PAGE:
In Lakoff’s Metaphors We Live By, you can read a lot more about “Time is Money” as an idiomatic metaphor that we all agree with. (You spend time, you budget time, you waste time…) We’ve heard it so pervasively, most of us don’t think about it.
Let me give you another spin on it: We made time an actual currency in our house.
We bought a few boxes of poker chips. The kind with blue, red and black clay chips that clink satisfyingly when you run a stack between your fingers. Based on the number of each color available, (there were 25 blue, 15 red and 10 black chips in each box) we assigned time-units to them. The blue are worth one minute, red are worth two, and black chips are worth five minutes each.
We can bet them (“I bet you three minutes you’re wrong!”). We can earn them, win them, and bribe with them. And we can call them in. The rules are that we can call them in on anything we want – whenever we want.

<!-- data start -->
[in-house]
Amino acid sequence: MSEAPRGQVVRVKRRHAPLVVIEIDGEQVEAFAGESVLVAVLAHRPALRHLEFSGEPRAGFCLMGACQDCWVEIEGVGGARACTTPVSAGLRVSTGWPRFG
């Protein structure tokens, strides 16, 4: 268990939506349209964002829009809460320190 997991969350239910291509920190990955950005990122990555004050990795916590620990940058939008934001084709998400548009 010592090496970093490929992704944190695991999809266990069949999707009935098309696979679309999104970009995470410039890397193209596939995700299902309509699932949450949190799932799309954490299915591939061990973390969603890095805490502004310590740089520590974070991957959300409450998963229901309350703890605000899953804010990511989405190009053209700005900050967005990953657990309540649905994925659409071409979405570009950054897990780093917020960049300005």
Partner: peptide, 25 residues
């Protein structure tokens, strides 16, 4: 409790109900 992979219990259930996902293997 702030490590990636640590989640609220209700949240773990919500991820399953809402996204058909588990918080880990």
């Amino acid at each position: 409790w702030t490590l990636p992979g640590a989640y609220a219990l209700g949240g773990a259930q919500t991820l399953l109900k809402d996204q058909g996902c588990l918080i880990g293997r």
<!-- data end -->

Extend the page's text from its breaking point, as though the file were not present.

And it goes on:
My husband has been known to save them up to make me watch television shows he likes. I have saved mine up to get him to help me with particularly horrible housework projects. Granted, I do call mine in on foot rubs more often than just about anything else.
In our house, time is it’s own separate currency. It started off as a game, now it’s a way of life.
The time that I spend on things has weight – like those heavy little poker chips. It should also have value. Because we spend our chips in minute intervals, I’m far more aware of things at that small a level. Right now I have 29 minutes’ worth of chips in my bank (I won an impressive hand of Skip-Bo to earn those!) That’s almost a half hour of my husband’s undivided attention. And you know how I feel about attention.
Consider cashing in on the ones you love.